The Notaries Society
The Notarial Profession
The legal professions in the United Kingdom
Despite the differences in their legal systems, the legal professions in the United Kingdom follow the same division between their branches which are now briefly described.
Solicitors (in Scotland, also termed as Writers to the Signet) are the most numerous branch of the legal profession throughout the United Kingdom. Three main areas of legal practice are reserved to them - conveyancing, applications for probate and the conduct of litigation.
Barristers have similar powers to solicitors and, although in recent years they have widened the scope of their work, they generally confine their work to advocacy and to offering specialist legal advice.
Commissioners for Oaths may administer oaths for use within the United Kingdom and their authority is still occasionally recognised in countries formerly within the British Empire. Solicitors, barristers, notaries, licensed conveyancers and legal executives are all entitled to describe themselves as Commissioners for Oaths.
Legal Executives are Lawyers who are usually qualified by examination in particular areas of the law.
Notaries represent the oldest and smallest branch of the legal profession. They and the areas of legal work reserved to them will be described later.
Some legal work is reserved to the legal professions that have been described above. The Legal Services Act 2007 lists this as:
- the exercise of a right of audience (in Courts)
- the conduct of litigation
- reserved instrument activities (the legal side of conveyancing)
- probate activities
- notarial activities
- the administration of oaths
Other legal work may be performed within the United Kingdom freely by any person without any qualification or training. Thus, for example, the making of wills or the assessment of insurance claims for injury or loss are also routinely handled by unqualified and unregulated commercial organisations
The Notarial Profession in England and Wales
A notary is defined by what he is and what he does. He is a qualified lawyer whose task it is to certify documents and transactions so that they can be effective in countries outside the United Kingdom
The notarial profession in England and Wales is best understood from a historical perspective. Until 1533 notaries were appointed on papal authority by the Archbishop of Canterbury. Following the break from Rome, appointments continued to be made by the Archbishop of Canterbury - but on the authority of the Crown. The Archbishop's jurisdiction was, and is, exercised through one of the oldest of the English court's - the Court of Faculties, now physically located at the Precinct adjoining Westminster Abbey in London. The Court is presided over by the Master of the Faculties who is the most senior ecclesiastical judge and commonly also a judge of the Supreme Court. Since 1801 the appointment and regulation of notaries has been underpinned by statutes enacted by Parliament.
The qualification, appointment and regulation of notaries
The current machinery for the education and appointment of notaries is established under rules made by the Master of the Faculties under powers given to him by the Courts and Legal Services Act 1990. Applicants must hold a university degree, or be qualified as solicitors or barristers (both such professions themselves requiring a university degree as a pre-condition for qualification in all but exceptional circumstances). Thereafter all applicants must obtain a Diploma in Notarial Practice after following a course of study prescribed by the rules and currently offered by the University of London. Once the Diploma is obtained, an applicant may petition the Court of Faculties for a 'Faculty' - a formal warrant under the seal of the Archbishop of Canterbury confirming his appointment and powers - enabling the applicant to practise as a notary subject to supervision by an experienced notary for the first two years.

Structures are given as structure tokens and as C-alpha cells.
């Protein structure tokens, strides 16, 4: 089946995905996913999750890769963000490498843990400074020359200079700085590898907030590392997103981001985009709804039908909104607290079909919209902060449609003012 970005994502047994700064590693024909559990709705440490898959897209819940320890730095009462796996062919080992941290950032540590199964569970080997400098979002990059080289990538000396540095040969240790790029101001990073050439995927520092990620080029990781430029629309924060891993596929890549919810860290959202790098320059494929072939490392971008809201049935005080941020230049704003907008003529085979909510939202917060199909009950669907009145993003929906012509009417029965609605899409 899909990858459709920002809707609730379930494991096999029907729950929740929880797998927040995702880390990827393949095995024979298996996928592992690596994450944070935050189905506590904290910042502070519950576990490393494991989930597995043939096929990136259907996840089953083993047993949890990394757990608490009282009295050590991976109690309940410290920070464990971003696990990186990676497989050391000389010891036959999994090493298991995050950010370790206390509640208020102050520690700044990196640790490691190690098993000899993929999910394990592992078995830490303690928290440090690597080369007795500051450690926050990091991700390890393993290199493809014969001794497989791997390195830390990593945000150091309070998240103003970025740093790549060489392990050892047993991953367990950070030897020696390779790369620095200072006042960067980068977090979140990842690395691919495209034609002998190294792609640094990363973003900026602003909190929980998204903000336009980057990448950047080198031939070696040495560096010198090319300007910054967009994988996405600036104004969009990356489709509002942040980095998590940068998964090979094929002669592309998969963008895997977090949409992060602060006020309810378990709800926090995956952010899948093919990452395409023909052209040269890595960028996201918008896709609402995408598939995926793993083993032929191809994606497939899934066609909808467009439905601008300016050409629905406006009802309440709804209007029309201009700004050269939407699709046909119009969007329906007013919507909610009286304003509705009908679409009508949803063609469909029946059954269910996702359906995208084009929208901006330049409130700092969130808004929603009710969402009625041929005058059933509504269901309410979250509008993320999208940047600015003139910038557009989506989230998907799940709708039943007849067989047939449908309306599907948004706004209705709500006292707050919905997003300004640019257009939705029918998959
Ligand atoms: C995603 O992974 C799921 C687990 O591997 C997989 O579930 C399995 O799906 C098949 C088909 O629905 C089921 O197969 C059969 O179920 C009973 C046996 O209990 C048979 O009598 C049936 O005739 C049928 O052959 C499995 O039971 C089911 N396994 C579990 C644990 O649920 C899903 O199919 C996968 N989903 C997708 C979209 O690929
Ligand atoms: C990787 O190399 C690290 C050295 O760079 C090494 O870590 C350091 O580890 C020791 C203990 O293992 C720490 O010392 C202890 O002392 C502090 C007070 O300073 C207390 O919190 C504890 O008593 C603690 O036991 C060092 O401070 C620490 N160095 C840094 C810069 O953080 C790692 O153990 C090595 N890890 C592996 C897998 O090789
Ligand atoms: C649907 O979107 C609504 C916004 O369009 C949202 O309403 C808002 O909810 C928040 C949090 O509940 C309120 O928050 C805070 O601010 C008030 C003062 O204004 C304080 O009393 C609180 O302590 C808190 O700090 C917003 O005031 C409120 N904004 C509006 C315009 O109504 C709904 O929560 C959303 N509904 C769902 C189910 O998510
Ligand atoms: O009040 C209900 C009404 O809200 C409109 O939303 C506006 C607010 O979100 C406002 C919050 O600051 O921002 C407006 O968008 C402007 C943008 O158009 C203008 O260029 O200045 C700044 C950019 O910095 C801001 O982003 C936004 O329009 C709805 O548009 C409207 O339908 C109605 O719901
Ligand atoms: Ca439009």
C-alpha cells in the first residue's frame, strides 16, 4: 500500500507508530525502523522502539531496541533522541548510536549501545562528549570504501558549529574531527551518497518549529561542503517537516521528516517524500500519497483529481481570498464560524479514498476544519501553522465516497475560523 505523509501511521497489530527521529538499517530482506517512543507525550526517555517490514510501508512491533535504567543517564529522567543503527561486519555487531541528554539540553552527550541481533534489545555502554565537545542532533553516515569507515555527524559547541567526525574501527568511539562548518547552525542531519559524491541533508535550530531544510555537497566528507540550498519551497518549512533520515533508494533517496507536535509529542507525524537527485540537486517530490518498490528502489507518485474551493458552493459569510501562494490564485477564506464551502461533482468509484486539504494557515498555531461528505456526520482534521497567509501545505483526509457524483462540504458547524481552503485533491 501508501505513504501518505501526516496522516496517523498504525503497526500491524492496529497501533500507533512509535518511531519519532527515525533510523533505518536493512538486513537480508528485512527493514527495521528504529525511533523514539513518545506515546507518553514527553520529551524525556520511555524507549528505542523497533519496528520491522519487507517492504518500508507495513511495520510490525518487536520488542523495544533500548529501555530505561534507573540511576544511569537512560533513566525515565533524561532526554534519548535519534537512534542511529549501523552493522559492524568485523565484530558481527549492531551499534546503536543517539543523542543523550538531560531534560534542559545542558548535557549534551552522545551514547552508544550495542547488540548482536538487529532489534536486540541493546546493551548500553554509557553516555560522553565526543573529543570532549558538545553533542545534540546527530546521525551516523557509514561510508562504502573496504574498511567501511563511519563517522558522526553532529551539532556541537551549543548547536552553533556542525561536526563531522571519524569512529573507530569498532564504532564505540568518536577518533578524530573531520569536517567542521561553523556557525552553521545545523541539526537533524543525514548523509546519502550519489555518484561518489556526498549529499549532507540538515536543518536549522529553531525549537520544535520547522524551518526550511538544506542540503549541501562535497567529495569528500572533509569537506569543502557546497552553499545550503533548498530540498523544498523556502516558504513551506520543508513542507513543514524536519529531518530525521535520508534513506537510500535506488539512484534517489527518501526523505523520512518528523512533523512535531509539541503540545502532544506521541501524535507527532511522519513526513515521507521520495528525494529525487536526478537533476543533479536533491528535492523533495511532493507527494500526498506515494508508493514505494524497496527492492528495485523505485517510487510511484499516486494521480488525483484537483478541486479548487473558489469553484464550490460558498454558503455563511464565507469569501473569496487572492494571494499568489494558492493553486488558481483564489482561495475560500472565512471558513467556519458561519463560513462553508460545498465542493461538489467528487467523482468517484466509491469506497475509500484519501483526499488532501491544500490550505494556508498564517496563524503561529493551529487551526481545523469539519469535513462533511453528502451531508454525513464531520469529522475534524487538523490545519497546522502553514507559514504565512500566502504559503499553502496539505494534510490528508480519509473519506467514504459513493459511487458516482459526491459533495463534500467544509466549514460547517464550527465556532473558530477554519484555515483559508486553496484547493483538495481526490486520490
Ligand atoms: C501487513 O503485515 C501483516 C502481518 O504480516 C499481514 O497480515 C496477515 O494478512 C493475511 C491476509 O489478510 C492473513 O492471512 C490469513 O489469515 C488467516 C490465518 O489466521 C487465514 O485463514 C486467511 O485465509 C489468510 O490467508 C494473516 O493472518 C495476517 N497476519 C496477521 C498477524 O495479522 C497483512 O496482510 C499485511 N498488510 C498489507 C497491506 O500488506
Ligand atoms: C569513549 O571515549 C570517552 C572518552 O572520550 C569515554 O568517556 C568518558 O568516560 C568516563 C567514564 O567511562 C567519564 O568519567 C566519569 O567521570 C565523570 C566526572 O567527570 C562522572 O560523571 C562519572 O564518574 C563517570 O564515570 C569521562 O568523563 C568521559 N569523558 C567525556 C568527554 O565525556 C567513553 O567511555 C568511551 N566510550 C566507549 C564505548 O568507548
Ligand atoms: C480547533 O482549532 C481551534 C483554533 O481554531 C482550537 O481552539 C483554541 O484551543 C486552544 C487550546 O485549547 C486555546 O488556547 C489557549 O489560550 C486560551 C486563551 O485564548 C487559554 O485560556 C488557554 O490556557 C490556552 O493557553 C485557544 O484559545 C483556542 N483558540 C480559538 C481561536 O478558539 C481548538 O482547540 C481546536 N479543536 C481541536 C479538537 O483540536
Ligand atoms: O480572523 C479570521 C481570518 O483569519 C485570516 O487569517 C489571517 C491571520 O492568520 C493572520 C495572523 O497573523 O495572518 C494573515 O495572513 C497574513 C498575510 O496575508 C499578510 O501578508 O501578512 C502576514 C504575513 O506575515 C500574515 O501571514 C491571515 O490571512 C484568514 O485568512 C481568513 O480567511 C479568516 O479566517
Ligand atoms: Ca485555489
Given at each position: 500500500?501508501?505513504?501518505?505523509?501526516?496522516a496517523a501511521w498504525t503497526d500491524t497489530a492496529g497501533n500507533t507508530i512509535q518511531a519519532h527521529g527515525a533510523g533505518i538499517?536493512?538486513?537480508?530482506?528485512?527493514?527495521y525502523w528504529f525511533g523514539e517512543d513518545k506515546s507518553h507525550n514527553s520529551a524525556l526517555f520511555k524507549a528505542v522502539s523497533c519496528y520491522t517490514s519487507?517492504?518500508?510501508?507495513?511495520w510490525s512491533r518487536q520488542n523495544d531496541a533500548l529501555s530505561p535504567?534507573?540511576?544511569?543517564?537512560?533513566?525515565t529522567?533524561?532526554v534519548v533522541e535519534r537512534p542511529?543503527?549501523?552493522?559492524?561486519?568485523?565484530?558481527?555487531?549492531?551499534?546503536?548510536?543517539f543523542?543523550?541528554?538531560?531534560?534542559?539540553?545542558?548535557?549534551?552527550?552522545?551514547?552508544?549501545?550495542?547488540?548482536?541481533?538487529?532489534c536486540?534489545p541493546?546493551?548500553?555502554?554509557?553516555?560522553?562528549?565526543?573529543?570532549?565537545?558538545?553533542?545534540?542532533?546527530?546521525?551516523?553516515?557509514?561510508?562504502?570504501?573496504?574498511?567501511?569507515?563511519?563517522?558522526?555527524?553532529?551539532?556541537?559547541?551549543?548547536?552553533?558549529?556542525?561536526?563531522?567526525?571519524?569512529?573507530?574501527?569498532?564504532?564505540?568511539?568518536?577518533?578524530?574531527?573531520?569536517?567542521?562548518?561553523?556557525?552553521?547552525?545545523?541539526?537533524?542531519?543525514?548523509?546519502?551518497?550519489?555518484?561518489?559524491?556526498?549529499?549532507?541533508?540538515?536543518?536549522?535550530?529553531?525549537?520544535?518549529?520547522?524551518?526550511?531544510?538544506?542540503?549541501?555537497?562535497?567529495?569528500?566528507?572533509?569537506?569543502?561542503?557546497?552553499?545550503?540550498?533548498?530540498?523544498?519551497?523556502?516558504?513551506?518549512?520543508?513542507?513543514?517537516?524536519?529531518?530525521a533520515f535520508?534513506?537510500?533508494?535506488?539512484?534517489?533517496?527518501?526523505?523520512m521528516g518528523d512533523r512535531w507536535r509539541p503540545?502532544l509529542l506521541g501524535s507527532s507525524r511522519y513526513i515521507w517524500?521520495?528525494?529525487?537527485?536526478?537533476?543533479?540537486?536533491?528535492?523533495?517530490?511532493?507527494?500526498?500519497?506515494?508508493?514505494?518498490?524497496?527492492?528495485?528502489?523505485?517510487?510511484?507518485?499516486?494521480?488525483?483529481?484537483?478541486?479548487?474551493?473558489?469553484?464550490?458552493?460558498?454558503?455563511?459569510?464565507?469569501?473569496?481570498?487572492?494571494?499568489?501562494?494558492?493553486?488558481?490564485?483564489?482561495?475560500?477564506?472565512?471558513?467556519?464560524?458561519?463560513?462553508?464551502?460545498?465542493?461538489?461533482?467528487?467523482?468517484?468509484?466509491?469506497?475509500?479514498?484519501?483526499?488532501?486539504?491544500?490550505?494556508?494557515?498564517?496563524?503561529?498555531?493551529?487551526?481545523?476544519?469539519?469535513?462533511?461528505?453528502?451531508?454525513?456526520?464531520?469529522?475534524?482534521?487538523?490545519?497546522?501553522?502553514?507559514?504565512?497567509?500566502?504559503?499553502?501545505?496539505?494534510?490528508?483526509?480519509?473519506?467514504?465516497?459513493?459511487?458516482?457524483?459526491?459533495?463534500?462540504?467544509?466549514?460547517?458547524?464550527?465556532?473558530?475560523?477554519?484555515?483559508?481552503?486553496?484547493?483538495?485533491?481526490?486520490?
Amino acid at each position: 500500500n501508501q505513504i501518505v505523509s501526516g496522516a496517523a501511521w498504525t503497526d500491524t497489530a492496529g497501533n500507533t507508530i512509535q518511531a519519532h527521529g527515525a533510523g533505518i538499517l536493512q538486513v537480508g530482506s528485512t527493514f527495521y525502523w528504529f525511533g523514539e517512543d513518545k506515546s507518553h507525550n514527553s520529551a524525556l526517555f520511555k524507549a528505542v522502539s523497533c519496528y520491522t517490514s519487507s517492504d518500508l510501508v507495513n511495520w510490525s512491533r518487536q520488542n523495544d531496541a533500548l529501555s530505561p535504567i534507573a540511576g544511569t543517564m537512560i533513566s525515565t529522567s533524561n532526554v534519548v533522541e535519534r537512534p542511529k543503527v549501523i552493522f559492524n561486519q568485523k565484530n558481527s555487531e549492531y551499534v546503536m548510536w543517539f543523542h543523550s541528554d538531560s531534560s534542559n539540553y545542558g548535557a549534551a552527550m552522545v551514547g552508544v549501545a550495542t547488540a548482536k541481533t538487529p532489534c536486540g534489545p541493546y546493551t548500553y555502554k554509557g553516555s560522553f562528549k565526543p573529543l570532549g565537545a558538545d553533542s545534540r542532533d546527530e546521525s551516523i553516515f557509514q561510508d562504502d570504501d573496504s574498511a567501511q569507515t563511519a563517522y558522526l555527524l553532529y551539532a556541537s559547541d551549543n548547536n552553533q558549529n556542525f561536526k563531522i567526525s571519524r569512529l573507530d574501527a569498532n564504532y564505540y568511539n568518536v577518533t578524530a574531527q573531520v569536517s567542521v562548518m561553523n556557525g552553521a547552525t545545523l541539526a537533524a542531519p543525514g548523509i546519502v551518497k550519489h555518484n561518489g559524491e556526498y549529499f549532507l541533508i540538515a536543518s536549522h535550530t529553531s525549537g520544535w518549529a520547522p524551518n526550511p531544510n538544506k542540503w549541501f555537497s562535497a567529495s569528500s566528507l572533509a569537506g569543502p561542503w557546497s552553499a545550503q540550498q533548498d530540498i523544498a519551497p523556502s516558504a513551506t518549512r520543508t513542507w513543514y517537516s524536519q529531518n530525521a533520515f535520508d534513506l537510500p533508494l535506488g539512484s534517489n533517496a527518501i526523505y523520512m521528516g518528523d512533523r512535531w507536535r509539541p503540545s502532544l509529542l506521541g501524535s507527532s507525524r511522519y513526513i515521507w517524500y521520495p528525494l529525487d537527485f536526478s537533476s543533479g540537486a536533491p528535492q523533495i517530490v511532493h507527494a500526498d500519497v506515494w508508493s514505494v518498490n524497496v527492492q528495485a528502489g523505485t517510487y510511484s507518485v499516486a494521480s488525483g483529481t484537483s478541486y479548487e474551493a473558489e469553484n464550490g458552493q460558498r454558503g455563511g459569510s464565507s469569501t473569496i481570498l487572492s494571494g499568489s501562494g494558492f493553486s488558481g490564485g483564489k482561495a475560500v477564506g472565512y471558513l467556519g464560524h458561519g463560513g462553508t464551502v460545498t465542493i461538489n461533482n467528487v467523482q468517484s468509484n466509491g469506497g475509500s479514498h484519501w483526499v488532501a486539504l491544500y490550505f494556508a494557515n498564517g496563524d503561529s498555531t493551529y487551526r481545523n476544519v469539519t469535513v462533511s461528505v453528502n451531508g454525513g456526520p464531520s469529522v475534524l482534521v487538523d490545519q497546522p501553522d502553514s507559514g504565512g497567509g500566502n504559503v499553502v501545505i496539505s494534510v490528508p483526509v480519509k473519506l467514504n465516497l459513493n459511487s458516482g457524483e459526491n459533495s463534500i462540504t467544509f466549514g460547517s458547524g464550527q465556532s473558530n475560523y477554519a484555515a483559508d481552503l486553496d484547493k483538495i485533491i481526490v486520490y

There are two variations to this qualification pattern.
First, the diocesan bishops each have a legal officer (a solicitor or barrister) who, for historical reasons must also be a notary. These ecclesiastical notaries have no responsibilities beyond their work within the Church of England and are appointed by the Court of Faculties without any requirement for additional qualification or training.
Secondly, a notary may take additional qualifications in foreign law (as prescribed by the rules) and may then apply to become a freeman of the Worshipful Company of Scriveners (one of the City of London livery companies) which carries the right to practise as a 'scrivener notary'.
Once appointed, a notary is subject to the rules and disciplinary control exercised by the Master through the Court of Faculties. Scrivener notaries are subject also to regulation by the Worshipful Company of Scriveners.
The organisation of notaries
There are approximately 1,000 notaries in England and Wales. Of these, about 800 are members of the Notaries Society - the membership body which represents the interests of notaries. (Many of those who are not members of the Society are thought to practise in larger firms where one partner is a member, but the others do not feel that it is necessary to join as well.) The work of the Notaries Society is wide ranging but includes education, international representation and the development of professional standards. The Society is run by a Council of 23 members headed by the President and employs a Secretary to run the organisation.
The Secretary is Mr C.J. Vaughan and may be contacted at Old Church Chambers 23 Sandhill Road St James Northampton NN5 5LH.